The Cadillac tax: Driving down health costs or driving confusion?
What is the Cadillac tax?
Approximately 147 million Americans are covered under employer-sponsored health plans as part of their compensation and benefits packages. The Cadillac tax is a 40 percent excise tax (defined by the IRS as a tax on a specific good, often included in the price of the product) on employer-sponsored health plans with annual premiums over $10,000 for an individual and $27,500 for a family. A recent analysis by Kaiser Family Foundation shows that up to 40 percent of employers could be subject to the Cadillac tax by 2028.
Cadillac health plans are viewed as excessive insurance coverage that may make consumers feel comfortable because they can be over-insured for the purpose they serve. Over-insured benefits are even seen as a positive to some employers because it makes them more competitive and attractive to their employees. According to some economists, employer-sponsored health plans are an incentive for employers to offer their employees insurance because they benefit from the tax advantages and for employees to capitalize on the employer-sponsored health insurance because it’s offered at a lower rate.
Why does this tax exist?
There’s some debate on this question, but ultimately, its purpose is to reduce excessive spending and reduce overall U.S. national health expenditures. It also aims to decrease the current federal tax advantages for employer-sponsored insurance plans – which many industry leaders feel is a contributing factor to rising health costs. These tax advantages are called tax expenditures, because they purposely count against tax revenues, and are a form of government spending through the tax code.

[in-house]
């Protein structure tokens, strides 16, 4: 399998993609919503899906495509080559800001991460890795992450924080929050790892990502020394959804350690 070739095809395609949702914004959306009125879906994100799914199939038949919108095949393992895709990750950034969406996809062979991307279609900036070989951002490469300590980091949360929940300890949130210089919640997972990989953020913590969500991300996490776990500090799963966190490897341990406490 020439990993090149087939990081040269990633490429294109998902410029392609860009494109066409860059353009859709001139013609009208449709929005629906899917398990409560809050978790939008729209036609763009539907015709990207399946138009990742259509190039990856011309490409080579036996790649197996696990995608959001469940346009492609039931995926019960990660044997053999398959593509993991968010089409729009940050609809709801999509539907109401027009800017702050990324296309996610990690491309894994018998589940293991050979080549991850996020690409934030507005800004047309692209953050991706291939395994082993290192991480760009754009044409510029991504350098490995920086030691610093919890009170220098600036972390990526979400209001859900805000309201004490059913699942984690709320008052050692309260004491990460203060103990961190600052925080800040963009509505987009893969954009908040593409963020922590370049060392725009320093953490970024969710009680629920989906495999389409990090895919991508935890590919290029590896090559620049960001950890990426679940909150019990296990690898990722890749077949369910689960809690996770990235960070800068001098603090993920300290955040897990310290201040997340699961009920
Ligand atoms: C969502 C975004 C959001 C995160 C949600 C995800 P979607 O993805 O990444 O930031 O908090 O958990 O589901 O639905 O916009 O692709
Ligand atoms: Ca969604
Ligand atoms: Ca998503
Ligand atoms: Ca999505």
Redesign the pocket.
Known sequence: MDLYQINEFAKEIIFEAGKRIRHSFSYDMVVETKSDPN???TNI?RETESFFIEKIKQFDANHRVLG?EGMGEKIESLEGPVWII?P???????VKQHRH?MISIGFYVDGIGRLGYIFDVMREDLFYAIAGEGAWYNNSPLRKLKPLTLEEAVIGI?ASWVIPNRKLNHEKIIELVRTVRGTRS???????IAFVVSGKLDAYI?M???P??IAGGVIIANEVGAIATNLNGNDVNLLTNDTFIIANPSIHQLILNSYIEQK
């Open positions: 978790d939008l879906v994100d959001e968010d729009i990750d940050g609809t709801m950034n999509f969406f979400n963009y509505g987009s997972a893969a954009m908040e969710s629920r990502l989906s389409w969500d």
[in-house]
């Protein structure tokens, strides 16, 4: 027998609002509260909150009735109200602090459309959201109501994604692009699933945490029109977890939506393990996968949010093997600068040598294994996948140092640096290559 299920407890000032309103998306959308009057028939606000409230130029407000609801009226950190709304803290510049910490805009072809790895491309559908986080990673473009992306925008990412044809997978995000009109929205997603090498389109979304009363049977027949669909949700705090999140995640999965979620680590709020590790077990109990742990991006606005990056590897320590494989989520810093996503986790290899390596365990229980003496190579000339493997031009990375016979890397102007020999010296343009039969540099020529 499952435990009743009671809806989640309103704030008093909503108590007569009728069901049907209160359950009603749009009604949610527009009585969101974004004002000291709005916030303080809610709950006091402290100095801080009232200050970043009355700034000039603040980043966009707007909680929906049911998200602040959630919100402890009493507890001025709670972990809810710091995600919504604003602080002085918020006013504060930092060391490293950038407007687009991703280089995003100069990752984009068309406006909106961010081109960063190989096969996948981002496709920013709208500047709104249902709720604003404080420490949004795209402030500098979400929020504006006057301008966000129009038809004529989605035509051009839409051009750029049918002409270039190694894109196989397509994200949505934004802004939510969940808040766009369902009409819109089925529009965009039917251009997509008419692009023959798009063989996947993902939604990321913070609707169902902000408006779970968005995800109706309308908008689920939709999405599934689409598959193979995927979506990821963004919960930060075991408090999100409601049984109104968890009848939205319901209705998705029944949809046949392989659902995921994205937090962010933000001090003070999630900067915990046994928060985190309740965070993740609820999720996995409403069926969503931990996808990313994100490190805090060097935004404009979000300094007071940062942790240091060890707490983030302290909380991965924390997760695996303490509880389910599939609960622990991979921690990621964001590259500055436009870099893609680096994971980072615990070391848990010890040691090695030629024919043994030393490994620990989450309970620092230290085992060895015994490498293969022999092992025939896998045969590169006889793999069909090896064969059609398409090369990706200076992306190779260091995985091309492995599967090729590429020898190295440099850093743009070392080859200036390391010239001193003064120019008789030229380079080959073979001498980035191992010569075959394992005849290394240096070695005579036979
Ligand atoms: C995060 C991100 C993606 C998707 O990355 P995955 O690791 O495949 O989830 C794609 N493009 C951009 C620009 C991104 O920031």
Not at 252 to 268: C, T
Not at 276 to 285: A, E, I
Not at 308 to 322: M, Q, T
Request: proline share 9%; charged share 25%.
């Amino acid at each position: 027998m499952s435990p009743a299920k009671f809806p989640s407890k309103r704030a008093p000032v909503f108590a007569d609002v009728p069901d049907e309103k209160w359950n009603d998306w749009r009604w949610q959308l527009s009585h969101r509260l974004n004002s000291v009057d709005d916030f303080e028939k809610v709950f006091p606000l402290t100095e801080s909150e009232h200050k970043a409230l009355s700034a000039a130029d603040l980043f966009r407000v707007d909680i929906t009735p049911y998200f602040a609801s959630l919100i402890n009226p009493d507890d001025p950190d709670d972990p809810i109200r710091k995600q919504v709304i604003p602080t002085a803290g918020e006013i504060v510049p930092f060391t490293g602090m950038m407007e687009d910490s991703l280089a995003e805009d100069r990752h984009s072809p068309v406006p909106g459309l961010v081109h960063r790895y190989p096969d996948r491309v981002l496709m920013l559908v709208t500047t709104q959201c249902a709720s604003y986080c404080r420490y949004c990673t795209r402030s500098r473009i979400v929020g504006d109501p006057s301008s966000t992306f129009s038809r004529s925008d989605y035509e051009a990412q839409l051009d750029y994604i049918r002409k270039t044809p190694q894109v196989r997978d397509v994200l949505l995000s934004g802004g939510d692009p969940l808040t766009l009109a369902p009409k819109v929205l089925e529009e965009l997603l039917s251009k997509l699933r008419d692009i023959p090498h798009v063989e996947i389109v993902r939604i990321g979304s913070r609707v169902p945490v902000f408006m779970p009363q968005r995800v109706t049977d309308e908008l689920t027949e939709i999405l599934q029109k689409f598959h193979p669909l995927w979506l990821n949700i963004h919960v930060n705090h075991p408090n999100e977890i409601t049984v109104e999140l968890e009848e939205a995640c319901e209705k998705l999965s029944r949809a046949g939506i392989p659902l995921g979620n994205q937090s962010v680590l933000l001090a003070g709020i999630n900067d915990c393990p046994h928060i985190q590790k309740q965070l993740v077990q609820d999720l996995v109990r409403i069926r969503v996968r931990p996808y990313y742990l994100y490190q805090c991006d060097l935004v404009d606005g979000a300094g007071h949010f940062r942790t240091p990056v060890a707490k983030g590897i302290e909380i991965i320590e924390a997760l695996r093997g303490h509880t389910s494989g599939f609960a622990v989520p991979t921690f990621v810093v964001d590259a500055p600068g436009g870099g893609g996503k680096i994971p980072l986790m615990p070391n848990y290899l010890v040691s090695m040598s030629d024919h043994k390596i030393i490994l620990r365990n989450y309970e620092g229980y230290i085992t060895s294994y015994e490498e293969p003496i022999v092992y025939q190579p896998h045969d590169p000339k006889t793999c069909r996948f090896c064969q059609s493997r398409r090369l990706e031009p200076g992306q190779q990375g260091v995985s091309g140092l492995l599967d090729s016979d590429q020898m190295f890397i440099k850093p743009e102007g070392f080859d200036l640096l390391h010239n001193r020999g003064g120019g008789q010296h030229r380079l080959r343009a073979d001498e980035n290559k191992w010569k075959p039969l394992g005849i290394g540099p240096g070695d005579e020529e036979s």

Economists believe these luxury benefits are used excessively because the cost of the plan for the employee is not representative of the plans’ overall cost. Meaning: these Cadillac plans induce potentially unnecessary healthcare spending by providing health insurance with low deductibles and copayments. The argument is around moral hazard, which is the tendency for someone to spend money, or do something, if there are no consequences in doing so. If the insured doesn’t have visibility into the true cost of their healthcare, there is debate that they are more likely to spend more money because they don’t see the consequences of it. Thus, the theory is that Cadillac plans raise healthcare costs. The Cadillac tax seeks to reduce this alleged excessive use of Cadillac coverage while minimizing coverage disruptions.
Where does it stand today?
Not surprisingly, the Cadillac tax is facing heavy criticism. In fact, its implementation has been pushed back to 2020, and it may be repealed altogether. There’s a lot of uncertainty about the fate of this tax, and as a result, uncertainty about how to prepare for its implementation or its failure.